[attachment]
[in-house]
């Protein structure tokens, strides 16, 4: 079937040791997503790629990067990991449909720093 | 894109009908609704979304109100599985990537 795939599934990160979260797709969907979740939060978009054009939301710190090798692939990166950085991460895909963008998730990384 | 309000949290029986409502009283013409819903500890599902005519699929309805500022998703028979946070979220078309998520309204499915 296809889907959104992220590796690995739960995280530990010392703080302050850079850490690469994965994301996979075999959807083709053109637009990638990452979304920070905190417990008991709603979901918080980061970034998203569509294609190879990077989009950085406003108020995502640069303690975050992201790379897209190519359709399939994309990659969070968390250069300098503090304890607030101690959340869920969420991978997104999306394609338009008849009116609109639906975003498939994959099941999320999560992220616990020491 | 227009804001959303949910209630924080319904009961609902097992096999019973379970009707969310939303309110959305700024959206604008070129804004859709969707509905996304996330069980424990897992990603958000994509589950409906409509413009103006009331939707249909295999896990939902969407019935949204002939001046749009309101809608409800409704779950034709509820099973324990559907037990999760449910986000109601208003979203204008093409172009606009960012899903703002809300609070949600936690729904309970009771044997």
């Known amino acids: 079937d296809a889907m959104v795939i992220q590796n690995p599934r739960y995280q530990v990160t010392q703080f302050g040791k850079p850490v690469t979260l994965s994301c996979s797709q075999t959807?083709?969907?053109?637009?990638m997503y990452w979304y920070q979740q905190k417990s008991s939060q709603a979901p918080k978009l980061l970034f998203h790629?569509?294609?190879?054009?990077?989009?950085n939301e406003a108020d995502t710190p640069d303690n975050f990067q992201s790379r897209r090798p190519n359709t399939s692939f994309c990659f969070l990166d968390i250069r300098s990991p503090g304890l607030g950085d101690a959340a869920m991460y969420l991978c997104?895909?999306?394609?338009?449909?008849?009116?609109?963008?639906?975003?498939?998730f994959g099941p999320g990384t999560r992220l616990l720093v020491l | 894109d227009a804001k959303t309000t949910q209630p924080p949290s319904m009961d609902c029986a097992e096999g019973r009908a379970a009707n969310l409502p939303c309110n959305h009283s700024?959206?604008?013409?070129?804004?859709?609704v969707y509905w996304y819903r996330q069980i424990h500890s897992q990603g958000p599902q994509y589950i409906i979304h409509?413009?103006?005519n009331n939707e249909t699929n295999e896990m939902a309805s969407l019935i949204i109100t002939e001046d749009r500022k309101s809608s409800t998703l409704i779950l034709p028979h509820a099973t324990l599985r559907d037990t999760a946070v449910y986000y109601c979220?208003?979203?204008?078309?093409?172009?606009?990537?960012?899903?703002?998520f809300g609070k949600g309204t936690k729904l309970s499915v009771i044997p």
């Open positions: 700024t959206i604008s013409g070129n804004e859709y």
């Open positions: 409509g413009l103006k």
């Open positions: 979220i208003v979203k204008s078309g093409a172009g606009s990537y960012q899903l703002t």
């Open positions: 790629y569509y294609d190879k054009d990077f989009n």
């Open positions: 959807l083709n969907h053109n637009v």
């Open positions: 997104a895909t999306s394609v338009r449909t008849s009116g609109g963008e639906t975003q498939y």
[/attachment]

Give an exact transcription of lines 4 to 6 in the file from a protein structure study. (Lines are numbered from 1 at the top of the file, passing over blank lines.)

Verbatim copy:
């Open positions: 700024t959206i604008s013409g070129n804004e859709y």
């Open positions: 409509g413009l103006k």
């Open positions: 979220i208003v979203k204008s078309g093409a172009g606009s990537y960012q899903l703002t």